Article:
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How American immigrants change the rest of the world

What we’re ignoring in the great debate over our borders

A woman in front of her home in a Mexican village, built with money her 18-year-old son sent home from the United States.For The New York Times

America’s long-running argument about immigration has reached a boil this summer, and as usual the political discussion has focused on domestic issues, including border security, the impact of immigrants on American jobs, and the proper way to deal with people who have come to the United States illegally. Proposals for reform are weighed with one question in mind: How will they help or harm our country and the people who live here?

But the American immigration system, which at last count had led to around 40 million foreign-born individuals living inside our borders, also has a huge effect on the rest of the world—something most of us don’t tend to think about at all. Part of it is driven by remittances, the billions of dollars sent back to friends and relatives every year; part of it is more personal, with families abroad split by restrictions on who can work in the United States, and for how long. Returning immigrants can also change their home cultures by carrying back American habits, values, and ideas.


For over a decade, Boston University sociologist and international relations expert Susan Eckstein has made a specialty of studying this often overlooked flipside of American immigration. Her own focus is on Cuba, where the communist government’s efforts to maintain class equality have been challenged in recent years by Cuban-Americans sending home money and presents to their families.

In a new book, “How Immigrants Impact Their Homelands,” co-edited by Eckstein and Boston University professor Adil Najam, himself a Pakistani transplant, a group of international scholars surveys the marks that the movement of immigrants around the globe can leave on the places they once called home. The examples range from families in the Philippines being reshaped by the flow of nurses and caretakers into the United States, to wealthy bankers from China boosting the economy back home with financial expertise and capital newly acquired in the United States.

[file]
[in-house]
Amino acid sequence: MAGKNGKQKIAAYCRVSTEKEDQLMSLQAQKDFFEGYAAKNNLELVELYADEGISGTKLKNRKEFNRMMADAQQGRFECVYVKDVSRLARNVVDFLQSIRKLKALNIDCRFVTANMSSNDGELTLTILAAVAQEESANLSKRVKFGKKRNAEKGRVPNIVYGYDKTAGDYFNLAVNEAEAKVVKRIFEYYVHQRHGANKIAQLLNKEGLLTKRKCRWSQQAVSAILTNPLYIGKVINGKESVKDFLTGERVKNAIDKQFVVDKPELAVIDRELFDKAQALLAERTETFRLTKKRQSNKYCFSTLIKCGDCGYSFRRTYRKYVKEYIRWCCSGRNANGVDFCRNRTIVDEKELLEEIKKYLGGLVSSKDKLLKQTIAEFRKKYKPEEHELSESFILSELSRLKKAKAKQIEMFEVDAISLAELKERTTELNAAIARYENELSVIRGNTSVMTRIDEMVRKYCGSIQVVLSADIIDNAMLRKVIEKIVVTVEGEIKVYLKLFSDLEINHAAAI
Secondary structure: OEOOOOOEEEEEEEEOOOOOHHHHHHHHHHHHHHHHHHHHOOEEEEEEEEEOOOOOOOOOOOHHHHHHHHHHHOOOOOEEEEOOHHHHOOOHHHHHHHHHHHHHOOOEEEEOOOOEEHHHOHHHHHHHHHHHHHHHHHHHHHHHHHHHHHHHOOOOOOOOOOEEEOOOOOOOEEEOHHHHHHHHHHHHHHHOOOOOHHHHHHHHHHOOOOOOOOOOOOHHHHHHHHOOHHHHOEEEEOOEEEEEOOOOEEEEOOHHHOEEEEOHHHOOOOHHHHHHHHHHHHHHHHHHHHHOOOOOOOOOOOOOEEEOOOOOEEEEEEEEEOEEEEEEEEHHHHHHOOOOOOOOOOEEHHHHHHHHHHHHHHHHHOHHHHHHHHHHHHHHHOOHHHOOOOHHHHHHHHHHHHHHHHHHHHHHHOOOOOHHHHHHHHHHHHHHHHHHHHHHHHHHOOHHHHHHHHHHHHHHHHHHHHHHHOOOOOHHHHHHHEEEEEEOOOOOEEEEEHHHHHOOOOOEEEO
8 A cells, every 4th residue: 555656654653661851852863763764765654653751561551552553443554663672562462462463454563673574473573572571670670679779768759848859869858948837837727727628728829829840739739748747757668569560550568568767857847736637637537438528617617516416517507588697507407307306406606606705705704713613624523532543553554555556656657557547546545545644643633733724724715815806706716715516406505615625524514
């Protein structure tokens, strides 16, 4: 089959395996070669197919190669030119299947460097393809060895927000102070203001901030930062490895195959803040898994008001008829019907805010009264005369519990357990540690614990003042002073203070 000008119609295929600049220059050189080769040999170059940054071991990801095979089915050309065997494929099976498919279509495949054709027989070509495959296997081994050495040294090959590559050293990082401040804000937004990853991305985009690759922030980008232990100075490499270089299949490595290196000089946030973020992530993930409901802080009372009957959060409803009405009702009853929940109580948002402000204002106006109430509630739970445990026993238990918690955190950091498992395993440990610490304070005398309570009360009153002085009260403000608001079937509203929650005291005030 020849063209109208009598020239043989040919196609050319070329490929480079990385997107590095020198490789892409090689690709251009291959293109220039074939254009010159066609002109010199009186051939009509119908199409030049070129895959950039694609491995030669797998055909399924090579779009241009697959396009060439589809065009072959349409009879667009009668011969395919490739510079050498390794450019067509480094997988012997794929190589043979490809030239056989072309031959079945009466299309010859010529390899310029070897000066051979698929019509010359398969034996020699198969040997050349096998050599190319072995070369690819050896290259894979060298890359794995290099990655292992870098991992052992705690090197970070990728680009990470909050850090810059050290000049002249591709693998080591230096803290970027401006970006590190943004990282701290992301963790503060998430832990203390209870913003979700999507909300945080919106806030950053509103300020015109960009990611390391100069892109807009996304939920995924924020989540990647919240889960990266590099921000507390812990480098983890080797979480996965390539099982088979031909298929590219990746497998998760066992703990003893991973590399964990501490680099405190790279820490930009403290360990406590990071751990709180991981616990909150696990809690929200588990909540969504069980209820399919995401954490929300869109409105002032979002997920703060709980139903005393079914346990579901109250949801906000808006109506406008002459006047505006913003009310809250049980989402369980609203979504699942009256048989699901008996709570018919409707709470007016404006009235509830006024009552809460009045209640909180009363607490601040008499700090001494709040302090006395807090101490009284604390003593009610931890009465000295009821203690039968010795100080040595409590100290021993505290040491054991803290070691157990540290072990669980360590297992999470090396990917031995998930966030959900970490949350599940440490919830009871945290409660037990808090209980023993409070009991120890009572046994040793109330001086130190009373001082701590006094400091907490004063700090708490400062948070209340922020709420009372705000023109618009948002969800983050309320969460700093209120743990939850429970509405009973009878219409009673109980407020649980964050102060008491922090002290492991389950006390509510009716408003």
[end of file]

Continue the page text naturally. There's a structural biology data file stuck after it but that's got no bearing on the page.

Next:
Most Americans, Eckstein said, “are definitely not thinking about the impact that immigration has on other countries. In the globalized world in which we’re living, it’s a shame that we’re only focusing on one side of the equation.”

What emerges through the research in the book is a remarkable portrait of American influence abroad—a force that the United States exerts not through diplomacy or economic policy but through millions of individuals building their lives around American opportunity. It is a reminder that immigration law, though we often neglect to see it this way, is its own form of foreign policy.

Eckstein spoke to Ideas by phone from Martha’s Vineyard. This interview has been edited from two conversations.

IDEAS: Your personal research is on Cuban immigration. How are the lives of Cubans who have family in the US different from those who don’t?

ECKSTEIN: An incredible new inequality has emerged in Cuba. The families who have access to remittances have televisions, have Nikes, have
iPhones. And things like that have become status symbols in Cuba, including among youth. So the youth in Cuba are very much attuned to the values of their peers in Miami, because their peers in Miami come home to visit and bring them these goods and tell them all about it....In many respects, it’s contributing to a “Miamization” of Cuba, since that’s where so many of the immigrants have settled in the United States.


IDEAS: Beyond money, what’s an example of how American immigration policy can have effects overseas?

ECKSTEIN: The US has immigration laws for bringing nurses to this country, in order to offset a demand for nursing in the US. And the government in the Philippines is in essence training nurses with the idea that they’re going to work abroad. When the moms go away, they do it as part of a family strategy—they’re not just doing it for themselves, they’re going to earn money that can be used for their children’s education, health care, and so on. But what this has done is many children are growing up without their mothers. And the men resist caretaking—so the work falls on other female family members, such as grandparents and aunts, and that’s contributing to a restructuring of the Filipino family. Children sometimes even call their grandparents and their aunts “mom.”